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Birb Cam

A Raspberry Pi project designed to detect animals visiting my balcony with a webcam. Store images from their visits and present the temporal patterns of their visitation in a simple Flask app. Now integrated with iNaturalist to provide community access to select high quality images and observations:


  1. Install Docker on your Raspberry Pi OS.

  2. Clone this GitHub project to your Raspberry Pi

  3. Configure your project environment variables in settings.env in the root directory of the project:

    • ROTATE_CAMERA [Boolean] - Rotate the camera by 90 clockwise?
    • CUSTOM_TIMEZONE [String] - The timezone to use. eg. "America/Edmonton"
    • BIRBCAM_LATITUDE [Float] - The latitude of the camera for astral and iNaturalist
    • BIRBCAM_LONGITUDE [Float] - The longitude of the camera for astral and iNaturalist
    • LOCATION [String] - The location name for astral. eg. "Calgary"
    • REGION_NAME [String] - The region name for astral. eg. "Canada"
    • BIRBCAM_INAT_ENABLED [Boolean] - Enable iNaturalist integration?
    • INAT_USERNAME (Optional) [String] - Your iNaturalist username.
    • INAT_PASSWORD (Optional) [String] - Your iNaturalist password.
    • INAT_APP_ID (Optional) [String] - Your iNaturalist app id string.
    • INAT_APP_SECRET (Optional) [String] - Your iNaturalist app secret string.
    • INAT_POSITIONAL_ACCURACY (Optional) [Float] - The positional accuracy of your camera latitude and longitude in meters.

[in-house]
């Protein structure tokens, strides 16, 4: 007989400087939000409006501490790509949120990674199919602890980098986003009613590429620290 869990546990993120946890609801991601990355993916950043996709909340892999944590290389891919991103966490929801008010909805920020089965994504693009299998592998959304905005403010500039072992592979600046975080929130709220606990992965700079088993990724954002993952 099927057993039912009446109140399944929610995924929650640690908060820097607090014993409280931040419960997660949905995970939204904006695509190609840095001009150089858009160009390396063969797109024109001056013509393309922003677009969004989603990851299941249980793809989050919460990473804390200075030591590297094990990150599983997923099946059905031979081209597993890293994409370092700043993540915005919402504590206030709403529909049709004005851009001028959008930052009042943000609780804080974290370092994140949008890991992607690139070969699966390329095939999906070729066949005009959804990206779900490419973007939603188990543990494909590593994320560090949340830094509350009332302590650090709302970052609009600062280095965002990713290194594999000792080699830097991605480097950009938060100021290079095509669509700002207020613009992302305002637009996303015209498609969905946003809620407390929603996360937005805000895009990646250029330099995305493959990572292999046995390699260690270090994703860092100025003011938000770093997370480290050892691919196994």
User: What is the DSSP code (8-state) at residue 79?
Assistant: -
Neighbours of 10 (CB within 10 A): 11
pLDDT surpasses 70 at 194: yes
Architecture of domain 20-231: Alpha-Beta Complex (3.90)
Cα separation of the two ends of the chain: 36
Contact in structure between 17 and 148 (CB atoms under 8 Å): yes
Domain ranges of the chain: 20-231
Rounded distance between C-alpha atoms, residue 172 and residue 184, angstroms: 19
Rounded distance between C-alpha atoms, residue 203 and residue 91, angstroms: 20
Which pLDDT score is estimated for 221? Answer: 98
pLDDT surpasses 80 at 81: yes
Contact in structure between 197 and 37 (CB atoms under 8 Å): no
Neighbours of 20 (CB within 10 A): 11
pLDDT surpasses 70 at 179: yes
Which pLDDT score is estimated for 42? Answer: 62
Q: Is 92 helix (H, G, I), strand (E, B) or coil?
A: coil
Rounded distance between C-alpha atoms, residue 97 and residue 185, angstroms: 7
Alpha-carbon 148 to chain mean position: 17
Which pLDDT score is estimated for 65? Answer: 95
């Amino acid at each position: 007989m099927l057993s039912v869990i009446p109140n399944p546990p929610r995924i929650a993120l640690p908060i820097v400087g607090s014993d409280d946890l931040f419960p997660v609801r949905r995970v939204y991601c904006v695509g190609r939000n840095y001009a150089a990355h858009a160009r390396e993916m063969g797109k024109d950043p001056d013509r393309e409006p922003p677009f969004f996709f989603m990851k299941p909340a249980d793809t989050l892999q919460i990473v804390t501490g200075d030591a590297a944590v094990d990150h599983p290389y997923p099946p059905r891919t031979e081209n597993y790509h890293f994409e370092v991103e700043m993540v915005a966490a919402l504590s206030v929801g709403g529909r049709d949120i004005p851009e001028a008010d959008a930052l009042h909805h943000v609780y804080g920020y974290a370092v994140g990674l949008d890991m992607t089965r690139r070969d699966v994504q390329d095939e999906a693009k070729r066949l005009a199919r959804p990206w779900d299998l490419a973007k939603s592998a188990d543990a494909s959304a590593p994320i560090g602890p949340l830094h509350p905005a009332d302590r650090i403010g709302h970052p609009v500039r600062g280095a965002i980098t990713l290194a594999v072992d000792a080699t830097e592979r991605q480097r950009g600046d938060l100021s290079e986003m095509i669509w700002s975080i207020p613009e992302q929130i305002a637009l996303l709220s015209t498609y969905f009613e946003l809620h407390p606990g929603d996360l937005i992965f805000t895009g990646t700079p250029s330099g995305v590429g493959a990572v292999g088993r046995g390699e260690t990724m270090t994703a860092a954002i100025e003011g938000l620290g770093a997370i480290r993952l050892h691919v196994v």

If you wish to use the iNaturalist integration, you will need to set up an iNaturalist account and setup OAuth application authentication (

  4. Update data/species_map.json to have the species names and details for your Birb Cam. If you wish to use iNaturalist you will need to provide taxa_id for each species.

  5. Build the Docker image by running docker-compose build --parallel in the root of the project. Alternatively, you may pull pre-built images from DockerHub ( I don't guarantee these images will work, but they may save you some build time.

  6. Setup your database by running:

    docker-compose run webapp python3 create_db

  7. Train a model for your Birb Cam using notebooks/birbcam_training.ipynb. Further directions can be found in the notebook. I suggest you run this notebook in Google Colab and store your training data in Google Drive to get access to a GPU for free. You may also use notebooks/prepare_new_training_data.ipynb to upload the images you relabeled in the Birb Cam web app directly to Google Drive.

Running the Project

After completing the above setup, you can start the project by running:

docker-compose up --detatch

Project Structure

  1. Web App
  2. Camera App
  3. Cloud Function
  4. Notebooks

Web App

A flask based web app used to visualize the images and mode results through time and manually evaluate and revise the labels applied to each image.



visualization 2

Model Evaluation


Label Revision


Camera App

The camera-app directory contains the Python script which runs in perpetuity on the Raspberry Pi 4.


The main() function handles setting up the above architecture in which the camera loop runs during the day time and uses OpenCV to retrieve images from the webcam and then detect if changes have occurred in each new frame. Images with sufficient change are pushed into a multiprocessing queue where the image processor function retrieves them and classifies them using the model. Presently this is done using Google Cloud Functions given an issue in which using a PyTorch model trained on x86_64 build in an aarch64 build of the library produces drastically different results. Following classification, the images are saved locally.


The notebooks contain a variety of experiments and manual workflows for things like preparing new training data.

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